Bitcoin licenses for sellers might become a thing that exists in New York. The state is going to soon start holding hearings about regulating the digital currency. [The Verge]
Dan Porter said ominously that he “knew it was our time” to sell OMGPop to Zynga before it was taken out back and essentially shot. [New York Times]
Over the next six months, Google is improving the blockage of child porn using technology that tags pictures and keywords as illegal. [Telegraph]
Apple is close to snapping up Israeli company PrimeSense, which developed the technology behind Kinect. [Digital Trends]
OK: “Watch Airbnb’s Chef Rap About Food at a Hackthon.” [TechCrunch]
Exit This Way
Former OMGPOP CEO Dan Porter is bouncing back. He’s reportedly partnering with Hollywood super agent Ari Emanuel to create a mobile entertainment startup. [Business Insider]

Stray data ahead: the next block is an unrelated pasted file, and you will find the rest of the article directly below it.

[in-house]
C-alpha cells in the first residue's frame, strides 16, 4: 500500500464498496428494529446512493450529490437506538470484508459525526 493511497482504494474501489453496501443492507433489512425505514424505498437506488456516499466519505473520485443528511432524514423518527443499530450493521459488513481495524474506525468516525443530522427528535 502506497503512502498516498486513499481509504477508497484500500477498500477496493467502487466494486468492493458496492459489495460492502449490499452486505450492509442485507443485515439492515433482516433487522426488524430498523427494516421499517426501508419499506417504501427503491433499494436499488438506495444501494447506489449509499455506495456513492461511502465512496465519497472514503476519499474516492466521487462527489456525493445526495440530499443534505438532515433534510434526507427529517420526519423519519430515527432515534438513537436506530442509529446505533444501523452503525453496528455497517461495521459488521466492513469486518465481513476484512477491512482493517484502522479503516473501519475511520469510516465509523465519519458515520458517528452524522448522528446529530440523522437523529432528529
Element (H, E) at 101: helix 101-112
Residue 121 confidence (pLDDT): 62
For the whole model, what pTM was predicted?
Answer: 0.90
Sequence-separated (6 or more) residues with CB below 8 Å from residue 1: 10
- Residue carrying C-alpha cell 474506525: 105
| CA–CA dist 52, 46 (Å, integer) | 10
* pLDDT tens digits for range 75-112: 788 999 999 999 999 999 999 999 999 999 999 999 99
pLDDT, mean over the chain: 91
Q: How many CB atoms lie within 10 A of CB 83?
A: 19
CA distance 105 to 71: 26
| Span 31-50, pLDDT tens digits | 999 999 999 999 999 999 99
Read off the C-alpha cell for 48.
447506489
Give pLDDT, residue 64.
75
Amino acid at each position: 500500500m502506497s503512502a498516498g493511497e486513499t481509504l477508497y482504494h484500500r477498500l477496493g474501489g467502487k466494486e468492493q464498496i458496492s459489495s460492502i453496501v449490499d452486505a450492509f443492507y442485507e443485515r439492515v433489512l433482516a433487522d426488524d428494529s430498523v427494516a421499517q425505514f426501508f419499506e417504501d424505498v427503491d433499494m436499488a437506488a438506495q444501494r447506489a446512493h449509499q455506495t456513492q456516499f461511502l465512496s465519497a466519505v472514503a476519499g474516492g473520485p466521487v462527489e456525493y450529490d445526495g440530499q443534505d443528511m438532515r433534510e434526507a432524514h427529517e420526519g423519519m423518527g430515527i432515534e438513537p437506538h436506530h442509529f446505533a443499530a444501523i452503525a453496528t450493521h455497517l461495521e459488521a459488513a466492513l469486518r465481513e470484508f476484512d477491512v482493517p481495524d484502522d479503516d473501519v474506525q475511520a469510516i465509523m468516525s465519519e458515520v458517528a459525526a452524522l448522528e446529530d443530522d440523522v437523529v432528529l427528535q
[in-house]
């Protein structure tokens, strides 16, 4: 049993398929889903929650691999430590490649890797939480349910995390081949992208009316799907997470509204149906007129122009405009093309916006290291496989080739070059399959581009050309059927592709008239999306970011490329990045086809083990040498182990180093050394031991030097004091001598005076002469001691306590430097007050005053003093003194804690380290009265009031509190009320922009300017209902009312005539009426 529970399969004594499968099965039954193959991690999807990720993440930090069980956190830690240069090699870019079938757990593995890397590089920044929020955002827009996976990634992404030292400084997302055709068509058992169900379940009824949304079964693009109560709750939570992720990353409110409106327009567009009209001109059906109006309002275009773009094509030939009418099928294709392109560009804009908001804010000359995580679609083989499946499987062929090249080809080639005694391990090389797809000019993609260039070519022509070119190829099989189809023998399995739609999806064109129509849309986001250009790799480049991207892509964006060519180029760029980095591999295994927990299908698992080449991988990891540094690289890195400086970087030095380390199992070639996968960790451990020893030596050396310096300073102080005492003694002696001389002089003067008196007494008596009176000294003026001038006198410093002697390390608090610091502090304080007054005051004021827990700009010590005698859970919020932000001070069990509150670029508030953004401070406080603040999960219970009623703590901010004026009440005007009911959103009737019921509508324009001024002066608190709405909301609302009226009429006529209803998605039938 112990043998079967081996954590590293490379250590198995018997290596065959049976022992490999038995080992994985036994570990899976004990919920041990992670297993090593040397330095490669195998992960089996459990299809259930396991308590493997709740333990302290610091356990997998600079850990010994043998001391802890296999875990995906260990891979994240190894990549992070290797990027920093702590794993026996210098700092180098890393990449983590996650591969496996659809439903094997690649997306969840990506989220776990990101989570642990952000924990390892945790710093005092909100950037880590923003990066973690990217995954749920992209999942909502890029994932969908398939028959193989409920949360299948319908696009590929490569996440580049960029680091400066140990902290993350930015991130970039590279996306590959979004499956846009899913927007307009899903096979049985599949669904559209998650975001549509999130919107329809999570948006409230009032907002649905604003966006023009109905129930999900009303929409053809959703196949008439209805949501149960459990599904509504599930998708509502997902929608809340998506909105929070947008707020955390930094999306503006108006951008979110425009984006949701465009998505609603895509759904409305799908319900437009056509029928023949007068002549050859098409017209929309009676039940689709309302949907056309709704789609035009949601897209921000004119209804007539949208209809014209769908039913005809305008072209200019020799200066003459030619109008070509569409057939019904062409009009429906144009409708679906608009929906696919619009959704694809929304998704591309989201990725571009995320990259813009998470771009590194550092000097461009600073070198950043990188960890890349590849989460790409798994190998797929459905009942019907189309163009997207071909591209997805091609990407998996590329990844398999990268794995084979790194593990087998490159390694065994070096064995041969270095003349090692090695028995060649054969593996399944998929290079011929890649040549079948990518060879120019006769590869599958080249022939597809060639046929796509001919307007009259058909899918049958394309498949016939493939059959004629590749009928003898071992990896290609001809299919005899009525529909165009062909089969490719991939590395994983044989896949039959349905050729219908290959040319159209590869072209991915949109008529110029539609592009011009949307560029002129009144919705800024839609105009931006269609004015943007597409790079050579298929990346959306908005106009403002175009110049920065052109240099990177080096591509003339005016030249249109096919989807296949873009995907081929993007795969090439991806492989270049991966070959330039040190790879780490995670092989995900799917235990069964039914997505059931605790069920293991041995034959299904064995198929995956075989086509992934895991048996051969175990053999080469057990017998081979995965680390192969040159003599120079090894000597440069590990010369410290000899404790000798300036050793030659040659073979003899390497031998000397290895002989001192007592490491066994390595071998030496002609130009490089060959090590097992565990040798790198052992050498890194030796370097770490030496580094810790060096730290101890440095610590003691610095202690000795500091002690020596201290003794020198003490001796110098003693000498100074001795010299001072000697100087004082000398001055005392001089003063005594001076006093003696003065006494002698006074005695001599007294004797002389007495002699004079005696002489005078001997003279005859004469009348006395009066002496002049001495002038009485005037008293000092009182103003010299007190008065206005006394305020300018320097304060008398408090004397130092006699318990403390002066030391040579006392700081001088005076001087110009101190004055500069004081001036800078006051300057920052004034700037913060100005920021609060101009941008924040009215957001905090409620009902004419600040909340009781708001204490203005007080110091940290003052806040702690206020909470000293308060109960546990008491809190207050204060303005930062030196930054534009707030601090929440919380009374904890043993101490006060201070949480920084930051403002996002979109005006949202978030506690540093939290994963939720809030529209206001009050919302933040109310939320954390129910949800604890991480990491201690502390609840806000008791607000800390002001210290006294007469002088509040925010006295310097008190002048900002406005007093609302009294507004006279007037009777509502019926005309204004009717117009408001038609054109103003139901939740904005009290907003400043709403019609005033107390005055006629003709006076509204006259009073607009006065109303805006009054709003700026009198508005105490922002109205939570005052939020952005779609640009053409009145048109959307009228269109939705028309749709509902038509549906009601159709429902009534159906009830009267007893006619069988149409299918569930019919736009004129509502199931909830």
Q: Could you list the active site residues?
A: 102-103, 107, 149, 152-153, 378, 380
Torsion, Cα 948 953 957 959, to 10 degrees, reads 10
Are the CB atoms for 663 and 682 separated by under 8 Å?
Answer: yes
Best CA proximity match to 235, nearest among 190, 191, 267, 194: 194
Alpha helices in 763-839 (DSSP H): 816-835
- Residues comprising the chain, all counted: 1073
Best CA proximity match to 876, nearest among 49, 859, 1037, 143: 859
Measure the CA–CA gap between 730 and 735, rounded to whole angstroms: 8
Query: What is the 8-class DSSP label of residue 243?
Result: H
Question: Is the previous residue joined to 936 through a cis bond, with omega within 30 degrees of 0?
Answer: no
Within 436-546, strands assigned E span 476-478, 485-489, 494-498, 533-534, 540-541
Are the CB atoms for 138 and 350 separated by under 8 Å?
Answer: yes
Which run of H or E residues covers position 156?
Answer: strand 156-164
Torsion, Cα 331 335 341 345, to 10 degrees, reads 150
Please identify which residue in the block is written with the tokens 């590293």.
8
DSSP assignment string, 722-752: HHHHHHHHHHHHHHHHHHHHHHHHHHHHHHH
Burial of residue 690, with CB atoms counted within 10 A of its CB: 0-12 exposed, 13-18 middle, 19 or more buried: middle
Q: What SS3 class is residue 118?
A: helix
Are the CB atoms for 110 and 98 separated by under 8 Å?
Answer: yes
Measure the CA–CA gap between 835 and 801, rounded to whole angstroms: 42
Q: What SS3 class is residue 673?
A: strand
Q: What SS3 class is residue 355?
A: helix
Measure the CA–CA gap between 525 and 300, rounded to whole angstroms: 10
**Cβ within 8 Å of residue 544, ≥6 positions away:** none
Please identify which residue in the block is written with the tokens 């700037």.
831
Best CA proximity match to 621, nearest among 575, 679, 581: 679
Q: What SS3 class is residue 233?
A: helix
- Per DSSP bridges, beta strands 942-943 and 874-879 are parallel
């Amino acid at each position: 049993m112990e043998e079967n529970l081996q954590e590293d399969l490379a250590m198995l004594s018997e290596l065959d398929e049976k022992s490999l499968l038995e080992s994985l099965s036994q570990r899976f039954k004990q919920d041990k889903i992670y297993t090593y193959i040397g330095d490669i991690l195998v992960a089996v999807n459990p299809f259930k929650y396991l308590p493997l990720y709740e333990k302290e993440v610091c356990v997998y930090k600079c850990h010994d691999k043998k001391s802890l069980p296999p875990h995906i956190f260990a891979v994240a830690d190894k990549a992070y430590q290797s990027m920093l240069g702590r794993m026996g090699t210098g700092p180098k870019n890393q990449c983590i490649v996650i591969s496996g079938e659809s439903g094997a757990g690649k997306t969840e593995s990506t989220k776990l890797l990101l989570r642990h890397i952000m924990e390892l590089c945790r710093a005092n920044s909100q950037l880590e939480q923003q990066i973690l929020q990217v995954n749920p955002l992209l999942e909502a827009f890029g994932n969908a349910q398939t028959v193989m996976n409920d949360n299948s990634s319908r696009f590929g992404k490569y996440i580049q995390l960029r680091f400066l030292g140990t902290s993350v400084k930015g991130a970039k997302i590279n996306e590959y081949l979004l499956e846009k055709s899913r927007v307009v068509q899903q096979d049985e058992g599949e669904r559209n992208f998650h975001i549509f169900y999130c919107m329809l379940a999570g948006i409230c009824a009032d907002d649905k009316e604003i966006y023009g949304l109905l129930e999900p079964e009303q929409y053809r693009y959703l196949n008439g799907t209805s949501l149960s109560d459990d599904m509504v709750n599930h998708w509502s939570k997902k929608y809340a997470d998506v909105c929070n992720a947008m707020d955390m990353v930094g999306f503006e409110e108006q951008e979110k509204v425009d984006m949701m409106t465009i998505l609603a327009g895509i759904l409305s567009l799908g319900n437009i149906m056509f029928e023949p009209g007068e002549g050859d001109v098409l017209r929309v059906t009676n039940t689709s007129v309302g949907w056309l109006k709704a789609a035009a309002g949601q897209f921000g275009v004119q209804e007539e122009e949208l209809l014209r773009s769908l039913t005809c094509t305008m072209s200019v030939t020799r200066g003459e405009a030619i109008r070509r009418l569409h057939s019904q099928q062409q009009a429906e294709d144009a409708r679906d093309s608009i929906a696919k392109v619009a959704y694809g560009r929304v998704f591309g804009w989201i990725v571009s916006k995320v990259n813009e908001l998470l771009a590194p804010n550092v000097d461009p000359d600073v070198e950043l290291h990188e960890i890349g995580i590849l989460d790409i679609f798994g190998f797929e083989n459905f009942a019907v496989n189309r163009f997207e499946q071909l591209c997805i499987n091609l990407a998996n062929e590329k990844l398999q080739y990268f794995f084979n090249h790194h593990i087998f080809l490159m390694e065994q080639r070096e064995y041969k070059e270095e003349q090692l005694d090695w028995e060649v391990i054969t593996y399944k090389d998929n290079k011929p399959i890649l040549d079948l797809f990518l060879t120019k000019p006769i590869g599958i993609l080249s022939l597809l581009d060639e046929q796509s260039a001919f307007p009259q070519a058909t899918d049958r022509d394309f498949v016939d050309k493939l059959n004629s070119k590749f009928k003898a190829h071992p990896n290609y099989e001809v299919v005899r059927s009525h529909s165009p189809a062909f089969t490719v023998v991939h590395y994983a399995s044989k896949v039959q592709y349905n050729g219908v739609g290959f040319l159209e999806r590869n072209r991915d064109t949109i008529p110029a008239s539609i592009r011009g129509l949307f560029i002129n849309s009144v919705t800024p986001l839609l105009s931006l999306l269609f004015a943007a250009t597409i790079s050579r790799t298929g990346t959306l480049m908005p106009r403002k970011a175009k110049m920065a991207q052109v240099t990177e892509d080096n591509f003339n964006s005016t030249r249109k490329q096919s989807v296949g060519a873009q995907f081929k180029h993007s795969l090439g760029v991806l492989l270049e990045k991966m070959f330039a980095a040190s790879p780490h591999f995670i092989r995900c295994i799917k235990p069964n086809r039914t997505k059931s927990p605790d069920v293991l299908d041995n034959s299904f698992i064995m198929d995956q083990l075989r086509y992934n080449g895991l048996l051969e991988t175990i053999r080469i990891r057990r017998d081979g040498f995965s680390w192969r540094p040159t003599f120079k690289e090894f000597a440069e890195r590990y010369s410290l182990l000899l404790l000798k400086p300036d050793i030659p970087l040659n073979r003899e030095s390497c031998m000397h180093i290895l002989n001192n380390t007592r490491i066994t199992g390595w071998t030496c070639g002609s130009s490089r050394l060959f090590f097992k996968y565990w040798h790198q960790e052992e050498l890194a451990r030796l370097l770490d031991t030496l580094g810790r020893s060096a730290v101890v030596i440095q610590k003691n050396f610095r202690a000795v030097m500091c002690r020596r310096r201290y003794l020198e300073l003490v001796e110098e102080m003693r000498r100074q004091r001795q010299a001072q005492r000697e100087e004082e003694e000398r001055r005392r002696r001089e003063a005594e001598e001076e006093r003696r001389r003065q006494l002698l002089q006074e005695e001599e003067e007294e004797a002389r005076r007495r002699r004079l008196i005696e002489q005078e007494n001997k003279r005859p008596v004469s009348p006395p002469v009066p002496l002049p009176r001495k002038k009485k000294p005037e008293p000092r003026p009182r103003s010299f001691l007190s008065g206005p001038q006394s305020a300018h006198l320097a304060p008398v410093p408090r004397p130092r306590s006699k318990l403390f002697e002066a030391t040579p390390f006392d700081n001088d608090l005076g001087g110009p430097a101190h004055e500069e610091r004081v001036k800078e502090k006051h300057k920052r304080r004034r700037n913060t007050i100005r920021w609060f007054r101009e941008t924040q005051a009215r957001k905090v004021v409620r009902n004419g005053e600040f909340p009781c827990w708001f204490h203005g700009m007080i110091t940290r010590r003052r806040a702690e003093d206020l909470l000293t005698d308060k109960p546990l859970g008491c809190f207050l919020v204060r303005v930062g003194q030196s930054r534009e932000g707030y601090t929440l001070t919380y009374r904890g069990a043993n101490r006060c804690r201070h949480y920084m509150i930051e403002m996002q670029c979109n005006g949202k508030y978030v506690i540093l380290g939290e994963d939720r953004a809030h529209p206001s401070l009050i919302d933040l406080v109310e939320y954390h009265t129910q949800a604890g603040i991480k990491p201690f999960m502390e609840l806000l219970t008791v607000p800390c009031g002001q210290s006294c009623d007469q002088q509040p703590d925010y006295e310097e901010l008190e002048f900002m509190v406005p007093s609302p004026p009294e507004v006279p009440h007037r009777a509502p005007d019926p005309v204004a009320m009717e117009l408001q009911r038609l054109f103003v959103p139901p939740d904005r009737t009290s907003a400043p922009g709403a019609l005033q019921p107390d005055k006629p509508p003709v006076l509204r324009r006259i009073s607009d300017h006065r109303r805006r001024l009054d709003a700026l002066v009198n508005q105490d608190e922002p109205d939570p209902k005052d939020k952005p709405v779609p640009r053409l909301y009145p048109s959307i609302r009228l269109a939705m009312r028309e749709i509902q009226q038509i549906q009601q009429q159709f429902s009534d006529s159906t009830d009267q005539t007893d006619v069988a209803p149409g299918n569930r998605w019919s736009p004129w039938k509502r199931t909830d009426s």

Layoffs are expected to hit Aol’s Patch unit today. [AllThingsD]
Square’s spacious new San Francisco headquarters supposedly has the city’s largest roof deck. [Wired]
Sony received the greenlight to stream Viacom channels on its new Internet TV service. [New York Times]
Birchbox’s ecommerce sales are on track to triple this year and it has no plans to raise additional funding. [TechCrunch]
When news came down yesterday that Zynga was shuttering three of its locations and laying off 18 percent of its staff, employees in the New York office, many of whom joined the social gaming behemoth following the acquisition of an indie game studio named OMGPOP, were prepared for the worst.
According to an OMGPOP employee who was laid off yesterday, the office seemed like it was winding down over the past few months. Zynga’s VP of mobile, Sean Kelly, who had been tapped to replace OMGPOP cofounder Dan Porter, was rarely around the office, and though he had charged the teams with brainstorming ideas for new games just two weeks ago, he didn’t follow up with a roadmap to help guide their new game concepts into fruition.
Exit This Way